Women and the Siddha Tradition
Women have occupied a curious position in the tantric Buddhist traditions of India and Tibet. On the one hand, in contrast to the earlier Buddhist vehicles, in the tantric literature one frequently runs across women who are described as fully enlightened beings. And in the vajrayana psychology, women are not considered inferior to men in their inherent spiritual potentialities.
Furthermore, they occupy an important place in the tantric lineages, and are depicted as great teachers and authors. In the vajrayana biographies and histories we find accounts of women siddhas such as Vilasyavajra, known variously for being a wineseller and swinekeeper; Ni.gu.ma, Naropa’s former wife; the famous nun Laksmi who began the cycle of Mahakarunika which eventually reached Atisa; Mandarava, Padmasambhava’s Indian consort; Manibhadra, who carried out her practice as the wife of a Hindu; Srimati Liladevi, Vajrasri, Srimati Sahajavajra, Vajravati Brahmani, and many, many others.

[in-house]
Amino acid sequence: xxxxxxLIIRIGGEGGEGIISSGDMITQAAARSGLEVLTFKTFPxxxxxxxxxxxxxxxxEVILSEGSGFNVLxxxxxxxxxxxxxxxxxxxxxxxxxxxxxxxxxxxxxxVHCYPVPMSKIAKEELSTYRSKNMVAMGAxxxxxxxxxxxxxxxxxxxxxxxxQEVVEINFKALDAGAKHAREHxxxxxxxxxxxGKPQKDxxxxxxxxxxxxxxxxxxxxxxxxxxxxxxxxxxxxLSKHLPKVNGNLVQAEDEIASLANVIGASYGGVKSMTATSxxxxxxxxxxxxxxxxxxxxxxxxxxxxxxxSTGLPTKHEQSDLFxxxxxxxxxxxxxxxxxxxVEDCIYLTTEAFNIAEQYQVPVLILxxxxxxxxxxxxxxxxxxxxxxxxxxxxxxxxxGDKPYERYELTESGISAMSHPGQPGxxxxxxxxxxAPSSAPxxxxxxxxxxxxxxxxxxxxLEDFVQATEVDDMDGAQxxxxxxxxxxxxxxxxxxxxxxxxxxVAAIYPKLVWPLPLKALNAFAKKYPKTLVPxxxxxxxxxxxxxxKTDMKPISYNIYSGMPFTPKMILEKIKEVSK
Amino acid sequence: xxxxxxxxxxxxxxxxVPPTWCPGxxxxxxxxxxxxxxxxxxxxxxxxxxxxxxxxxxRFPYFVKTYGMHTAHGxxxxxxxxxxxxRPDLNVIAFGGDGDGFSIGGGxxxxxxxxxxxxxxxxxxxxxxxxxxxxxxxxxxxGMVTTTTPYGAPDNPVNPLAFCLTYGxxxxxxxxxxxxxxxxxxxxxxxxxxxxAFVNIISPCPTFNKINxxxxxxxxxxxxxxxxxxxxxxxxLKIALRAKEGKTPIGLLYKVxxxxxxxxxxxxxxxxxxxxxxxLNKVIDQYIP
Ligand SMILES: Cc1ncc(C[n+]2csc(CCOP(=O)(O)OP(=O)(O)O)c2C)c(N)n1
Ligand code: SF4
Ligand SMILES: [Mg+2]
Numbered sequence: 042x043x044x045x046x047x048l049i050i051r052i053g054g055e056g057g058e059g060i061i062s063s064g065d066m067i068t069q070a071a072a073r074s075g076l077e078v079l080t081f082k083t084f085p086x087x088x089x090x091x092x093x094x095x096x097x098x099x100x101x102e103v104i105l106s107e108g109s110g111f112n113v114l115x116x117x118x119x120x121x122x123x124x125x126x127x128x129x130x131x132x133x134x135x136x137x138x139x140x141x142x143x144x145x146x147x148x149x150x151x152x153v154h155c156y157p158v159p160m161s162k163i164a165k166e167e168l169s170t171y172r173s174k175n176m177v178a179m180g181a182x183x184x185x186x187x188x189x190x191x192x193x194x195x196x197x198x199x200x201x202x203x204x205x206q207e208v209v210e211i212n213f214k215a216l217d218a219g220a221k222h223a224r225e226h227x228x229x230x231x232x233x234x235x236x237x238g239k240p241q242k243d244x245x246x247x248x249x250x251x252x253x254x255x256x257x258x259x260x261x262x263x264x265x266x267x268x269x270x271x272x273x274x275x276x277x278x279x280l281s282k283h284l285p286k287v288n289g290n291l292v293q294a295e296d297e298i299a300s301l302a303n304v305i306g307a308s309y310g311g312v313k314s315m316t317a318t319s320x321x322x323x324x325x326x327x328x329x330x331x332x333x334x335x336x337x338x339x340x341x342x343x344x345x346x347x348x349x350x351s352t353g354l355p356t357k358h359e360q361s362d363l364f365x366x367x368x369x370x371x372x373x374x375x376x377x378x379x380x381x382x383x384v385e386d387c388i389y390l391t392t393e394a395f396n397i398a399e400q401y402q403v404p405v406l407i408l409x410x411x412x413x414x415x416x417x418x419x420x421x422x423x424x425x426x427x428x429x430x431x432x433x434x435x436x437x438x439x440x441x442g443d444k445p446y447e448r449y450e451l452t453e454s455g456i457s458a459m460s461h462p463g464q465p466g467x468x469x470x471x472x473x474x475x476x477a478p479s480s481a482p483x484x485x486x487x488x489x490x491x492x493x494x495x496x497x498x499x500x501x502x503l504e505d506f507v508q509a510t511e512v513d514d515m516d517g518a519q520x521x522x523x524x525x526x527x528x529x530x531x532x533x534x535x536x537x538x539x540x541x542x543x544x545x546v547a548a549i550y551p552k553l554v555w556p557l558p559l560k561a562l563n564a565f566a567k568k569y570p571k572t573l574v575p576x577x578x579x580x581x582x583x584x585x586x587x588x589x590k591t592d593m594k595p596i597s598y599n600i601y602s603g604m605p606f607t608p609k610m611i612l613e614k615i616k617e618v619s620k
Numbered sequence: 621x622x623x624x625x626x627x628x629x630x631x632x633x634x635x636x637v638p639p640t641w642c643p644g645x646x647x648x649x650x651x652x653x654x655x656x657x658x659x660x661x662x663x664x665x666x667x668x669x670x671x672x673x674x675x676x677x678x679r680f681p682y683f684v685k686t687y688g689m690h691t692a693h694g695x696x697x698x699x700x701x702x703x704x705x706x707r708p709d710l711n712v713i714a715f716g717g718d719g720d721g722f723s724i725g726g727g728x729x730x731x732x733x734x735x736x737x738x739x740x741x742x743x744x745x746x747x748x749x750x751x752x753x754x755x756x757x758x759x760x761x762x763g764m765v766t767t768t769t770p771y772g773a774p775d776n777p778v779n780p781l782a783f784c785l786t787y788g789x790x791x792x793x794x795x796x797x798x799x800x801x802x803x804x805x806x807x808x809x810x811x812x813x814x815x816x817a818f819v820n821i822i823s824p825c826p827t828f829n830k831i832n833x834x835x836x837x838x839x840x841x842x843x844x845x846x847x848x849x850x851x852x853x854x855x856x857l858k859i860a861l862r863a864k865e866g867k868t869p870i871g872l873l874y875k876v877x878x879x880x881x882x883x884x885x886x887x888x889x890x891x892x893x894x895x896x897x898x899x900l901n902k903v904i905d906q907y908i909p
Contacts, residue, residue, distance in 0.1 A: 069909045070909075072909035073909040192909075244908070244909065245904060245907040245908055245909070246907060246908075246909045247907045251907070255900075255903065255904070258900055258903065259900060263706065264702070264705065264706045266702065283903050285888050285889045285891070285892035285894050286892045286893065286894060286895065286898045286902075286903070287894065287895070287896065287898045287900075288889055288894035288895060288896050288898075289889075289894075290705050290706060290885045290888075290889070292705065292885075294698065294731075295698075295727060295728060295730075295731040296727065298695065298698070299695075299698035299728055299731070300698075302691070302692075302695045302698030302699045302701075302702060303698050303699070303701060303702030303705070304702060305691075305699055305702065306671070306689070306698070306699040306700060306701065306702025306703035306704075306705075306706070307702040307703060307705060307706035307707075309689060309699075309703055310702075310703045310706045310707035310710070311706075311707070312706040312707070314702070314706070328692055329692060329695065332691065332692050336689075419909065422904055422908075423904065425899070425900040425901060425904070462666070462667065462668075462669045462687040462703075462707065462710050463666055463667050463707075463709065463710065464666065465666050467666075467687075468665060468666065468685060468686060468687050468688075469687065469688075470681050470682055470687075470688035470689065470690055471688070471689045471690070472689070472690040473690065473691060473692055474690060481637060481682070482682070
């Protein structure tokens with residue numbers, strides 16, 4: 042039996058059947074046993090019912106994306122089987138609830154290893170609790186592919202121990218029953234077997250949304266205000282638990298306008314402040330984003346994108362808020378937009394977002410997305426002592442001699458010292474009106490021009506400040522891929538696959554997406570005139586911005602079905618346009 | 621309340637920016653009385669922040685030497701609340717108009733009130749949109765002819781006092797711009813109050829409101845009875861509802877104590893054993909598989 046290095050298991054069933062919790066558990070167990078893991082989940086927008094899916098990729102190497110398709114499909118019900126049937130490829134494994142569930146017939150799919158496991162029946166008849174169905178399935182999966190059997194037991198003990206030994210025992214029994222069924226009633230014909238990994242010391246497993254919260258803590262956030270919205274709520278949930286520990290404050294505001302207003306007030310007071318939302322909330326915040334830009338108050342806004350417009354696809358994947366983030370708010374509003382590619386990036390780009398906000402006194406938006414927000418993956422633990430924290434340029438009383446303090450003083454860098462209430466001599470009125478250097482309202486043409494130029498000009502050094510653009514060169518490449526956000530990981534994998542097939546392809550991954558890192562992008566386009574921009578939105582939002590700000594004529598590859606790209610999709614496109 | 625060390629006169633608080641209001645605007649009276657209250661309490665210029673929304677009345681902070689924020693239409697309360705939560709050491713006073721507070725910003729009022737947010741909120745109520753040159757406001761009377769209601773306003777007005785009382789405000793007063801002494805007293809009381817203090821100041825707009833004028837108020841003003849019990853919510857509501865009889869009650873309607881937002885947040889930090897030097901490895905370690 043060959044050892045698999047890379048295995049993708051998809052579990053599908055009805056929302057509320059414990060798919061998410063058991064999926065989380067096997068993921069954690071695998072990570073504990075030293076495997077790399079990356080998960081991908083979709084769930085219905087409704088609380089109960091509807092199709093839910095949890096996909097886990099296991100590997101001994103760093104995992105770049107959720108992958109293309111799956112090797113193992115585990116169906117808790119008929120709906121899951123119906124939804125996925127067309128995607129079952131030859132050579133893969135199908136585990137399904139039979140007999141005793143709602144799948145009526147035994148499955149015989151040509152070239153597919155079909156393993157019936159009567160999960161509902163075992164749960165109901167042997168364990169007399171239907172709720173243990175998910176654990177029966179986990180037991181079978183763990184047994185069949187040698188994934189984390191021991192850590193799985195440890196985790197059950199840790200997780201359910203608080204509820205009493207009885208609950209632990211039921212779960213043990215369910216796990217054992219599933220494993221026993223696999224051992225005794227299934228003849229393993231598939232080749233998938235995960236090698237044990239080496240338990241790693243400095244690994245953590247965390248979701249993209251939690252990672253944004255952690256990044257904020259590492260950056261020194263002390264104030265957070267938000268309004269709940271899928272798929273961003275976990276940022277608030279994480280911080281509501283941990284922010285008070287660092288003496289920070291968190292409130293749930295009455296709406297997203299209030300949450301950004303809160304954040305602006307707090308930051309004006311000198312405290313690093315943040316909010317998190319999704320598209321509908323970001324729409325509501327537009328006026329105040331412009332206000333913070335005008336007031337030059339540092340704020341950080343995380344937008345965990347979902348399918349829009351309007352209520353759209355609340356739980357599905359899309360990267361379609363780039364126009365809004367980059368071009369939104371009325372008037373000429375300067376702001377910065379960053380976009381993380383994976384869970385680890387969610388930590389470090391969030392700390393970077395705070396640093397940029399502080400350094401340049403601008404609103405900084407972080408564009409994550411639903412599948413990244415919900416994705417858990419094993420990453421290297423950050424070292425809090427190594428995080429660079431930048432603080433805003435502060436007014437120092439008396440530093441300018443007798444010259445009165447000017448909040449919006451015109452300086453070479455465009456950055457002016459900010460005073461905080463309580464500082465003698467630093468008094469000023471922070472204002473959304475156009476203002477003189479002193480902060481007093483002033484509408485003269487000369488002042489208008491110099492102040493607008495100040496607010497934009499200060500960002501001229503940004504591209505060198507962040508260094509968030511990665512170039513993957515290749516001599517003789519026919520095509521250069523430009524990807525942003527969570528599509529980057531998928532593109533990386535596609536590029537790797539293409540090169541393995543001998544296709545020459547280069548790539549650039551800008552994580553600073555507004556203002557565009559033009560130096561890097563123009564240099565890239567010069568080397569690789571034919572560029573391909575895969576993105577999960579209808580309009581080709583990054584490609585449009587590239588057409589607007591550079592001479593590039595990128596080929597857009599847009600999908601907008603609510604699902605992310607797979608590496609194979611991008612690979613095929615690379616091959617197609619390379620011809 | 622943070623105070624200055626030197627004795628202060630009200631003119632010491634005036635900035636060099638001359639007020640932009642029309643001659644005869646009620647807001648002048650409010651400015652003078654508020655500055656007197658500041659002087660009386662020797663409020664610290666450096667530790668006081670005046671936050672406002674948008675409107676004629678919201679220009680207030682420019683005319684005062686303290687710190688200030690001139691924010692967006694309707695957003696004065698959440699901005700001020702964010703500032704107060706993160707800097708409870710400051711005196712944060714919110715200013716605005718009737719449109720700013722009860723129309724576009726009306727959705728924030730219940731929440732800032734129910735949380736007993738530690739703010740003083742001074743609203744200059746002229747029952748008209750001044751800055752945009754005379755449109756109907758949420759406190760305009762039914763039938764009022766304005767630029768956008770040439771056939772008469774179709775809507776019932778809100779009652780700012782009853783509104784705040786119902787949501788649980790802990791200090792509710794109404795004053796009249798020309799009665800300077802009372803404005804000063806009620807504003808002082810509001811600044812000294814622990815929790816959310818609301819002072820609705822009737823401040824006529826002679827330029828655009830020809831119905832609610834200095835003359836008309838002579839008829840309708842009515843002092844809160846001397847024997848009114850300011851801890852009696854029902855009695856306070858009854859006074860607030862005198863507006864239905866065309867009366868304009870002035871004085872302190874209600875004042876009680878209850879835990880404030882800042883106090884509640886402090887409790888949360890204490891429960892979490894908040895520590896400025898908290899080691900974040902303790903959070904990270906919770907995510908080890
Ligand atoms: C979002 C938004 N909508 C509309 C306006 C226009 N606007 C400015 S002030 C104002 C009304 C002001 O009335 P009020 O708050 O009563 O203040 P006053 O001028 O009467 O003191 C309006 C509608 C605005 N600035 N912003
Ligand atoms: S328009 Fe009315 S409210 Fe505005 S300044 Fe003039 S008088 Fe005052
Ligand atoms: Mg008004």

At the same time, one finds that by far the majority of siddhas remembered by the tradition are men. The explanation for this apparent anomaly seems to be that women faced more obstacles in practicing the vajrayana than did men. This was true partly because of their biological nature as childbearers, and partly because of the karmic weight of the ancient Indian idea that it is primarily the men who carry on spiritual traditions. We shall presently see factors such as these operating in the life of Laksminkara, creating difficulties for her in her tantric practice that men would not have faced.